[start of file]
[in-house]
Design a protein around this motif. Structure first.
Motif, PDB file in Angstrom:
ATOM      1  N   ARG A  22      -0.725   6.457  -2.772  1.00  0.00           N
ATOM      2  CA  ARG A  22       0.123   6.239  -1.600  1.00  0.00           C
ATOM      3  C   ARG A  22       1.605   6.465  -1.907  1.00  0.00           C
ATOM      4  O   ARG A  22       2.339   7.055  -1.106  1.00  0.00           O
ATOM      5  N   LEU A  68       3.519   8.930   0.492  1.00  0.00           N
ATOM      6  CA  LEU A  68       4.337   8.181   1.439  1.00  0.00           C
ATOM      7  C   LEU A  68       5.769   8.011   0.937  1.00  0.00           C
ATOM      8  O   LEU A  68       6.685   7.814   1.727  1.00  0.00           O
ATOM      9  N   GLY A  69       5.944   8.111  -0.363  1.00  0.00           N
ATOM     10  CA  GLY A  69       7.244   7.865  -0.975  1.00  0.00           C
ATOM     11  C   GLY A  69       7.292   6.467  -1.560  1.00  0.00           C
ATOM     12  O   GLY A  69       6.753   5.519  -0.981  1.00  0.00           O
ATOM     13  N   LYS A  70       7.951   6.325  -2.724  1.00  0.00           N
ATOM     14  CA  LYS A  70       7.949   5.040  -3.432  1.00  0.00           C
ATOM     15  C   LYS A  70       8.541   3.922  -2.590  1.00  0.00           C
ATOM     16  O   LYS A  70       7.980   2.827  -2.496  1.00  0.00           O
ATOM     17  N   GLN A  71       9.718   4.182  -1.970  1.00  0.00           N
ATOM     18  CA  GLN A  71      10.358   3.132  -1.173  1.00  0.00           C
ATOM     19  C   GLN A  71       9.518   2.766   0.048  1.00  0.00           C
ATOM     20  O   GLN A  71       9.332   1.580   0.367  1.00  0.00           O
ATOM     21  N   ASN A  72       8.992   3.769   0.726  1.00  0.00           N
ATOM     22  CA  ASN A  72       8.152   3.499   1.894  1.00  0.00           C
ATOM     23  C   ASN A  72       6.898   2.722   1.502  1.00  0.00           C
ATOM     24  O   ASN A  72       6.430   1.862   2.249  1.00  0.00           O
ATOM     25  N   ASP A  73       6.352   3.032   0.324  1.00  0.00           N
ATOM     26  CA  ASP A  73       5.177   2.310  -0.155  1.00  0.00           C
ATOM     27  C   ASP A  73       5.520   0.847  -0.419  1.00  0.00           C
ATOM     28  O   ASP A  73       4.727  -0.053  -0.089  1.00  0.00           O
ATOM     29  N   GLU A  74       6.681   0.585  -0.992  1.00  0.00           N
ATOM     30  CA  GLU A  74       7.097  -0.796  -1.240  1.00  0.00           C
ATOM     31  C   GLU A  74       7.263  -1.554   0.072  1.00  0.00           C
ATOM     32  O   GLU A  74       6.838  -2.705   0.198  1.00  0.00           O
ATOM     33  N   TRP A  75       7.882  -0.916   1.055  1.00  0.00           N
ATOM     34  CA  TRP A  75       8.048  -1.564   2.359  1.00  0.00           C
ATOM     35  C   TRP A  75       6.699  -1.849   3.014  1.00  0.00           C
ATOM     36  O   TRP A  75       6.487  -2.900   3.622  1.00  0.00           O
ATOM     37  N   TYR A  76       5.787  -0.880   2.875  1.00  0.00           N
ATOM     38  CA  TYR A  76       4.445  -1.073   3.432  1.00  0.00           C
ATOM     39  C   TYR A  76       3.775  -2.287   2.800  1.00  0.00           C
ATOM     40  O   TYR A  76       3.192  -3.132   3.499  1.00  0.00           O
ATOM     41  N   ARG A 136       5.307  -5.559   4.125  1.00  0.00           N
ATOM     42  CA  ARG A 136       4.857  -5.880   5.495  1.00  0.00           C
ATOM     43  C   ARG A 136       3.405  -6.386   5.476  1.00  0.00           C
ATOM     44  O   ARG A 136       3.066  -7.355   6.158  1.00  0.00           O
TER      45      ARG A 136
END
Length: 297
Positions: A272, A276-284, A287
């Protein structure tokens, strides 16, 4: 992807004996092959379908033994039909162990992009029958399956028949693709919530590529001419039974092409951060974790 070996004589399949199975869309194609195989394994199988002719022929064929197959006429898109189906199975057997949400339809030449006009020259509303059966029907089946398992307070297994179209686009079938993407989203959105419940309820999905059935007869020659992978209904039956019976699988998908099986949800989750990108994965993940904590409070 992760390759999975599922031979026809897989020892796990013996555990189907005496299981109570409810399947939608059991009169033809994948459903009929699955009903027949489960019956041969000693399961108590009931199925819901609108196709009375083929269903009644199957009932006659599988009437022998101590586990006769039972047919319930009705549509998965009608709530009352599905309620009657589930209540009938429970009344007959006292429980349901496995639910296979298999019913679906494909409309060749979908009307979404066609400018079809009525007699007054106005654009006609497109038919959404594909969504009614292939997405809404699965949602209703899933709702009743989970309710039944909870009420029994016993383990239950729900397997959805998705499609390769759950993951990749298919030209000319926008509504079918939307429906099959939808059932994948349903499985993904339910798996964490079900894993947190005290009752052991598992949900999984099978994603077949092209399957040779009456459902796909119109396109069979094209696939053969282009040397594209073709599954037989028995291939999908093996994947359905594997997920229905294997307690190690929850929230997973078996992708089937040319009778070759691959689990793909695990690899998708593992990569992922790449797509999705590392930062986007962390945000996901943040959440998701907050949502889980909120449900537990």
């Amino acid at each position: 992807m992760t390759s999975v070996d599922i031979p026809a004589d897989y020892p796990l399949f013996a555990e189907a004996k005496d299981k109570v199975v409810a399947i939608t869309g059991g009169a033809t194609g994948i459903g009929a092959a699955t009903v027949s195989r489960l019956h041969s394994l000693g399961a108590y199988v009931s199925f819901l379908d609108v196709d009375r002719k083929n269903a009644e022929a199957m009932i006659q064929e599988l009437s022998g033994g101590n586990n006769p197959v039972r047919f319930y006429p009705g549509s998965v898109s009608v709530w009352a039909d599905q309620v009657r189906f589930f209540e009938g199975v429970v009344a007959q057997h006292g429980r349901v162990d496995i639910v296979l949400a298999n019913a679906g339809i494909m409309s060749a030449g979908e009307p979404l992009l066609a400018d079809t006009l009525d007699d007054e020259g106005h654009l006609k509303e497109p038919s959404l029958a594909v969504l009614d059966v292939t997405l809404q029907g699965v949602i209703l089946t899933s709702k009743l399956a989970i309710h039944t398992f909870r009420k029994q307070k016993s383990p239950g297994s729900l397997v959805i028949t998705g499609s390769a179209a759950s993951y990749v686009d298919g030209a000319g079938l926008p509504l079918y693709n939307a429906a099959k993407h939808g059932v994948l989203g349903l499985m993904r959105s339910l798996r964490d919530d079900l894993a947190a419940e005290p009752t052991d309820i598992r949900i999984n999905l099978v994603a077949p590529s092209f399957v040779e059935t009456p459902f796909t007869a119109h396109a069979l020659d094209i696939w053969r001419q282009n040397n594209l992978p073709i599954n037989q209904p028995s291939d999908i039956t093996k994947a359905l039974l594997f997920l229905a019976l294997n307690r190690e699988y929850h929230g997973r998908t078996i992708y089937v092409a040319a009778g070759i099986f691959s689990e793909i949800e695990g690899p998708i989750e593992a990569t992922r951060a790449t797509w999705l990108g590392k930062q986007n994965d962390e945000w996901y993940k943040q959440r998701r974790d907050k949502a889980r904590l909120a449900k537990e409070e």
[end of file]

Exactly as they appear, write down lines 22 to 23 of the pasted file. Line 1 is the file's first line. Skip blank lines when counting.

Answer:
ATOM     19  C   GLN A  71       9.518   2.766   0.048  1.00  0.00           C
ATOM     20  O   GLN A  71       9.332   1.580   0.367  1.00  0.00           O